DARPA to fund prof research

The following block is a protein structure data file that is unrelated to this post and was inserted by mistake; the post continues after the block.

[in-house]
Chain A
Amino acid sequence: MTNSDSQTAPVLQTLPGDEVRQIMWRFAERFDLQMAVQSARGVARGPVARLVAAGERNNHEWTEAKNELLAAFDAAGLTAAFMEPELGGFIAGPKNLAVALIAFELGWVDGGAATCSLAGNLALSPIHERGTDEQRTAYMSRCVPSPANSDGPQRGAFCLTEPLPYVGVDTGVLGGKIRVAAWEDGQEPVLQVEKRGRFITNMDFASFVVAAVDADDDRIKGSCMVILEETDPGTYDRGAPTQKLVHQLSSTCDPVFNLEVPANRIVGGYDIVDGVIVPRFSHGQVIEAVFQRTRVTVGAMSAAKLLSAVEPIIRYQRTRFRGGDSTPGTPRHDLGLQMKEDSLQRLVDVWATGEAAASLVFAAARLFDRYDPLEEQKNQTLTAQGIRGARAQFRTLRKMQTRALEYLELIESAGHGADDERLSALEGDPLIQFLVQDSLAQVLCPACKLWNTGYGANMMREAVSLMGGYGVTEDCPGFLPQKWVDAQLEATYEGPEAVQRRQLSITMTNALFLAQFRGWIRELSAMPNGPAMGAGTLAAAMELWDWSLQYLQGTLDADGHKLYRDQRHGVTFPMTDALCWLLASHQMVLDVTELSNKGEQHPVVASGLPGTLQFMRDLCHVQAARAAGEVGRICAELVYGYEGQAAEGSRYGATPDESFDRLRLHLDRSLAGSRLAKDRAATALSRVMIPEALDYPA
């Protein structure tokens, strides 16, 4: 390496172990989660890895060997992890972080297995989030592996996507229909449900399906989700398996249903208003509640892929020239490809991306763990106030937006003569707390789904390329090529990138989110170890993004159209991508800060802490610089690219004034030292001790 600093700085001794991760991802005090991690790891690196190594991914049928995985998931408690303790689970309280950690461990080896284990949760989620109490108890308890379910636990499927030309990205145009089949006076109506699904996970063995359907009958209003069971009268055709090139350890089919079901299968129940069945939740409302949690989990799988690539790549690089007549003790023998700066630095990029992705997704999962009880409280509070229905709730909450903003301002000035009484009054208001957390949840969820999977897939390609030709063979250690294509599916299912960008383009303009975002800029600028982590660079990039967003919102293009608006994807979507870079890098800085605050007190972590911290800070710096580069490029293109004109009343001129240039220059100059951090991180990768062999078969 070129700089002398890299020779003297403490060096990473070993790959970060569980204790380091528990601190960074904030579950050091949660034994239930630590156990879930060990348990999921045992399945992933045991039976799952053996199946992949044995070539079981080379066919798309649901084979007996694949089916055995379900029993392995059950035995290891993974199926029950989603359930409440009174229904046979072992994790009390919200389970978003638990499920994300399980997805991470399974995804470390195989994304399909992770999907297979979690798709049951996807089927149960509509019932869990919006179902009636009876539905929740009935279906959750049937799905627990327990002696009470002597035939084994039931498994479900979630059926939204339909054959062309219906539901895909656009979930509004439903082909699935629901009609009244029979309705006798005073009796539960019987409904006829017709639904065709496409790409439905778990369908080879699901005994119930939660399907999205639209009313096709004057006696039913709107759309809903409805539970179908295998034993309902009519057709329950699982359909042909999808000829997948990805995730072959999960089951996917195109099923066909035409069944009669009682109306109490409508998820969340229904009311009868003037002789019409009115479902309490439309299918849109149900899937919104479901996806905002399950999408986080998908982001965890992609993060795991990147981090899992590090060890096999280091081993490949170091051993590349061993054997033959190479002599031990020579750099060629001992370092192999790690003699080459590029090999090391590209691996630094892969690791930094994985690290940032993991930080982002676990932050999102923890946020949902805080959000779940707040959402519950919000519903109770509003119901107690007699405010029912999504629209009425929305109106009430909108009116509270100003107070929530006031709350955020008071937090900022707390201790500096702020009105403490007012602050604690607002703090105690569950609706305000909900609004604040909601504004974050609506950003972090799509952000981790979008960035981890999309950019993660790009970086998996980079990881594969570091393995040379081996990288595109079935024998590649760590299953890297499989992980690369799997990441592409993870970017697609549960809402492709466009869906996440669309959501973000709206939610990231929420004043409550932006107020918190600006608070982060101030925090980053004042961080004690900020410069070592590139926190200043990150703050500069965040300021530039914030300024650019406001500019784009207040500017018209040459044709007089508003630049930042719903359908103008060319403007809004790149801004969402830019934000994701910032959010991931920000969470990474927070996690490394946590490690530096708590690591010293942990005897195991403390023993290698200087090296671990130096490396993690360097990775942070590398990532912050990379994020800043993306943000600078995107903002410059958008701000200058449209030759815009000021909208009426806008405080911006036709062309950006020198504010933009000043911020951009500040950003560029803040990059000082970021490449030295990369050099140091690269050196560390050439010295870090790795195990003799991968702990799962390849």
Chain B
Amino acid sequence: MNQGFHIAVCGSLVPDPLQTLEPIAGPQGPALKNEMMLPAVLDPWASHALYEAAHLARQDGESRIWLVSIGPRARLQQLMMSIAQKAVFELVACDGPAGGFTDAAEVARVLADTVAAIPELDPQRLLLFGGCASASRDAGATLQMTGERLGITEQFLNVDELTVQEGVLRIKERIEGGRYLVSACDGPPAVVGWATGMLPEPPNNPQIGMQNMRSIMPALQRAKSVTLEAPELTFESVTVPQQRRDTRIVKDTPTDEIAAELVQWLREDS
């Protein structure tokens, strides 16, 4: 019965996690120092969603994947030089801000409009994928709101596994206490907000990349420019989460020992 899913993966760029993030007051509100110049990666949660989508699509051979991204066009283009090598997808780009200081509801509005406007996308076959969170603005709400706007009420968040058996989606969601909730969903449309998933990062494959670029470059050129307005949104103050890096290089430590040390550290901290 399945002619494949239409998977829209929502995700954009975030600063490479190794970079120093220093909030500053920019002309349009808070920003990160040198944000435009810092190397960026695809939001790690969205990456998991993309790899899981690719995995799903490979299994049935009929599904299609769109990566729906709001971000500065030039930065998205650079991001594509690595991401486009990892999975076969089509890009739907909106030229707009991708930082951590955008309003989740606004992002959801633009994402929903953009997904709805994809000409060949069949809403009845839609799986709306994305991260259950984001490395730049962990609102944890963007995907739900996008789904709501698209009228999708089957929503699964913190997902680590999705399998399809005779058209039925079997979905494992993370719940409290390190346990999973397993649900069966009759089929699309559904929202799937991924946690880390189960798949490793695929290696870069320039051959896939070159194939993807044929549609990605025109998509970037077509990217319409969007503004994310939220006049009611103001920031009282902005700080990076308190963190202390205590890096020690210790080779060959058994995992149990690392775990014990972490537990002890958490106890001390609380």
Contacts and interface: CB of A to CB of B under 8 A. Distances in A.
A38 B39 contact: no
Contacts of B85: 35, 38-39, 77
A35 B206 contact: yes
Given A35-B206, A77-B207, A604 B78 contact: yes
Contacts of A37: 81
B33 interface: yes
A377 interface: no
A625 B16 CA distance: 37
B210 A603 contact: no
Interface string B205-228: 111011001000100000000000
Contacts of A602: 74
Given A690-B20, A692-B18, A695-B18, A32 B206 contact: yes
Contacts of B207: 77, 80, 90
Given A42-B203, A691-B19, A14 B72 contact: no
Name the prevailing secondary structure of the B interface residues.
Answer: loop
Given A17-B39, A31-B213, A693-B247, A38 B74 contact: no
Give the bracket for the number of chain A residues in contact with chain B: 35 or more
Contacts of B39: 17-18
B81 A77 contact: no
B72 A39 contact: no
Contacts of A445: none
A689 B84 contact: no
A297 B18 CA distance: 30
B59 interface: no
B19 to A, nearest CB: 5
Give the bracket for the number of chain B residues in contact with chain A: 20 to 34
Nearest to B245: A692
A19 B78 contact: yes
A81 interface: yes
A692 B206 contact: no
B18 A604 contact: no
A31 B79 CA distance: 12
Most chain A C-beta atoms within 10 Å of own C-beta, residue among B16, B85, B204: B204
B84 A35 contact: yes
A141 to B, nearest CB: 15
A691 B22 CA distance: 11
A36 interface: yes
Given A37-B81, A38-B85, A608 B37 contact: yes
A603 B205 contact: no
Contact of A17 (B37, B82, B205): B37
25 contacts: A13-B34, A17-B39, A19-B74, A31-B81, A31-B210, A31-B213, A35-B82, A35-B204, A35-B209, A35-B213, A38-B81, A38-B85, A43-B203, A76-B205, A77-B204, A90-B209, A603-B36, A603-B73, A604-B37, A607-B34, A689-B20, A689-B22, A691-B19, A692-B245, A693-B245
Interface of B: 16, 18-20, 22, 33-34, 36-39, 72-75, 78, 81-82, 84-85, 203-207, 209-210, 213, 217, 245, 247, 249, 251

first_imgThree professors in the Viterbi School of Engineering have won three of ten contracts from a research program that aims to increase efficiency of low-powered electronics, USC announced Friday.The Power Efficiency Revolution For Embedded Computing Technologies Program, or PERFECT Program, is a division in the government’s Defense Advanced Research Projects Agency (or DARPA) that not only deemphasizes constructing hardware, but also focuses more on the impact of the existing technology. DARPA, which was launched in 1958 as a response to the Sputnik launch, is used by software companies and the U.S. military to promote military projects.Michael Fritze, Massoud Pedram and Viktor Prasanna received contracts that will fund their continuing research in ultra low-power microelectronics. The research aims to lower the consumption of power that certain electronic devices use by 64 times less than what the current systems utilize.The competitors included professors from the Massachusetts Institute of Technology and UC Berkeley, and Viterbi received more contracts than any other university.The professors, whose three contracts combined are a multi-million dollar deal to fund research for energy conservation, will focus on the benefit of low-powered devices and the dependability of such systems.A research professor of electrical engineering and electrophysics, Fritze created the low-powered circuits that are installed in computers and military electronic systems. The systems are also known as field programmable gate arrays, or FPGA. Fritze’s work has resulted in the lowest-powered FPGAs in the world, according to the Viterbi School of Engineering. Prasanna, who is the Charles Lee Powell Chair in Engineering and a professor of electrical engineering and computer science, was recognized for his work in signal-processing algorithms that work with low-powered devices.Pedram, an associate professor of electrical engineering systems, won for the development of low-powered circuits that are thinner than a single sheet of paper.John Damoulakis, the deputy director of advanced electronics at Viterbi’s Information Sciences Institute, said the systems can be applied to multiple industries.“The university has a long history of developing capable ultra-low-power microelectronics,” Damoulakis said. “These professors have spent decades designing low-powered devices and systems that can be applied to both commercial and military industries.”last_img read more